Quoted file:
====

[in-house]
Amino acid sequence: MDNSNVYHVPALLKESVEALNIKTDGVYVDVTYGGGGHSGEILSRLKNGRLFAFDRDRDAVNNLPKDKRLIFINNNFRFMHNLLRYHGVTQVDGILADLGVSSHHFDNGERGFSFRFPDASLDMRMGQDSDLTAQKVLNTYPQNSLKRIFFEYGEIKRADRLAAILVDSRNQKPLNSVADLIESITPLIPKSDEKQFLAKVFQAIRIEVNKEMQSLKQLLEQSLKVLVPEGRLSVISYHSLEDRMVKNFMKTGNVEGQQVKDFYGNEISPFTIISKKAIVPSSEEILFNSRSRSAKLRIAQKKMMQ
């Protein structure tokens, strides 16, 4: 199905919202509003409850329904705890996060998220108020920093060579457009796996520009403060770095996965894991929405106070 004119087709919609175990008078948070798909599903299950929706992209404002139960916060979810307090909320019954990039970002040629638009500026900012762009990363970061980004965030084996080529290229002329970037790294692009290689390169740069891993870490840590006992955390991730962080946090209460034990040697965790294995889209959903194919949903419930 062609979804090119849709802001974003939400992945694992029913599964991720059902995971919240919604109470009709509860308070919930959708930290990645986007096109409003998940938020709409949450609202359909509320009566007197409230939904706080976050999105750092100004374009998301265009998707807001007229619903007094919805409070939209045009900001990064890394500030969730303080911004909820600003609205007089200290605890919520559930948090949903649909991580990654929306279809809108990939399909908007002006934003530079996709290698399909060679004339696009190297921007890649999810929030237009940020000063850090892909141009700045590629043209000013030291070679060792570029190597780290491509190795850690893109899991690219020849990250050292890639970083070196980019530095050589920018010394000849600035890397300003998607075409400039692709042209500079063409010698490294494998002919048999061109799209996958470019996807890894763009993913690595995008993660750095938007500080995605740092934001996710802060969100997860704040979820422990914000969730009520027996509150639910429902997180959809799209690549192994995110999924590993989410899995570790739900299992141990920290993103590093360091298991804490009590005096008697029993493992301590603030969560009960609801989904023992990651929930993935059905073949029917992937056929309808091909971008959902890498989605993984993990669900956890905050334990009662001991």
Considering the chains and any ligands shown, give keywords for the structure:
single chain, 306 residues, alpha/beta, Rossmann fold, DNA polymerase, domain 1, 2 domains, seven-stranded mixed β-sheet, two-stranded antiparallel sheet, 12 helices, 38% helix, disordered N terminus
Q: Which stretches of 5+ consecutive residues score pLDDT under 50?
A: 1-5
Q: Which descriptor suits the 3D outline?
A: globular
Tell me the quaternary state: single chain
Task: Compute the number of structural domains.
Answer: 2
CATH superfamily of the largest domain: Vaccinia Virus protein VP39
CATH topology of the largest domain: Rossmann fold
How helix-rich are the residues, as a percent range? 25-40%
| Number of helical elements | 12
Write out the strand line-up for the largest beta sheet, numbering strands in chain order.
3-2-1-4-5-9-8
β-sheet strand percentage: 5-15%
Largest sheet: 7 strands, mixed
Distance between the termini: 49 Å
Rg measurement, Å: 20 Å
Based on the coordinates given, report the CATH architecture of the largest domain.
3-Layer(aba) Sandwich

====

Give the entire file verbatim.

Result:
[in-house]
Amino acid sequence: MDNSNVYHVPALLKESVEALNIKTDGVYVDVTYGGGGHSGEILSRLKNGRLFAFDRDRDAVNNLPKDKRLIFINNNFRFMHNLLRYHGVTQVDGILADLGVSSHHFDNGERGFSFRFPDASLDMRMGQDSDLTAQKVLNTYPQNSLKRIFFEYGEIKRADRLAAILVDSRNQKPLNSVADLIESITPLIPKSDEKQFLAKVFQAIRIEVNKEMQSLKQLLEQSLKVLVPEGRLSVISYHSLEDRMVKNFMKTGNVEGQQVKDFYGNEISPFTIISKKAIVPSSEEILFNSRSRSAKLRIAQKKMMQ
């Protein structure tokens, strides 16, 4: 199905919202509003409850329904705890996060998220108020920093060579457009796996520009403060770095996965894991929405106070 004119087709919609175990008078948070798909599903299950929706992209404002139960916060979810307090909320019954990039970002040629638009500026900012762009990363970061980004965030084996080529290229002329970037790294692009290689390169740069891993870490840590006992955390991730962080946090209460034990040697965790294995889209959903194919949903419930 062609979804090119849709802001974003939400992945694992029913599964991720059902995971919240919604109470009709509860308070919930959708930290990645986007096109409003998940938020709409949450609202359909509320009566007197409230939904706080976050999105750092100004374009998301265009998707807001007229619903007094919805409070939209045009900001990064890394500030969730303080911004909820600003609205007089200290605890919520559930948090949903649909991580990654929306279809809108990939399909908007002006934003530079996709290698399909060679004339696009190297921007890649999810929030237009940020000063850090892909141009700045590629043209000013030291070679060792570029190597780290491509190795850690893109899991690219020849990250050292890639970083070196980019530095050589920018010394000849600035890397300003998607075409400039692709042209500079063409010698490294494998002919048999061109799209996958470019996807890894763009993913690595995008993660750095938007500080995605740092934001996710802060969100997860704040979820422990914000969730009520027996509150639910429902997180959809799209690549192994995110999924590993989410899995570790739900299992141990920290993103590093360091298991804490009590005096008697029993493992301590603030969560009960609801989904023992990651929930993935059905073949029917992937056929309808091909971008959902890498989605993984993990669900956890905050334990009662001991």
Considering the chains and any ligands shown, give keywords for the structure:
single chain, 306 residues, alpha/beta, Rossmann fold, DNA polymerase, domain 1, 2 domains, seven-stranded mixed β-sheet, two-stranded antiparallel sheet, 12 helices, 38% helix, disordered N terminus
Q: Which stretches of 5+ consecutive residues score pLDDT under 50?
A: 1-5
Q: Which descriptor suits the 3D outline?
A: globular
Tell me the quaternary state: single chain
Task: Compute the number of structural domains.
Answer: 2
CATH superfamily of the largest domain: Vaccinia Virus protein VP39
CATH topology of the largest domain: Rossmann fold
How helix-rich are the residues, as a percent range? 25-40%
| Number of helical elements | 12
Write out the strand line-up for the largest beta sheet, numbering strands in chain order.
3-2-1-4-5-9-8
β-sheet strand percentage: 5-15%
Largest sheet: 7 strands, mixed
Distance between the termini: 49 Å
Rg measurement, Å: 20 Å
Based on the coordinates given, report the CATH architecture of the largest domain.
3-Layer(aba) Sandwich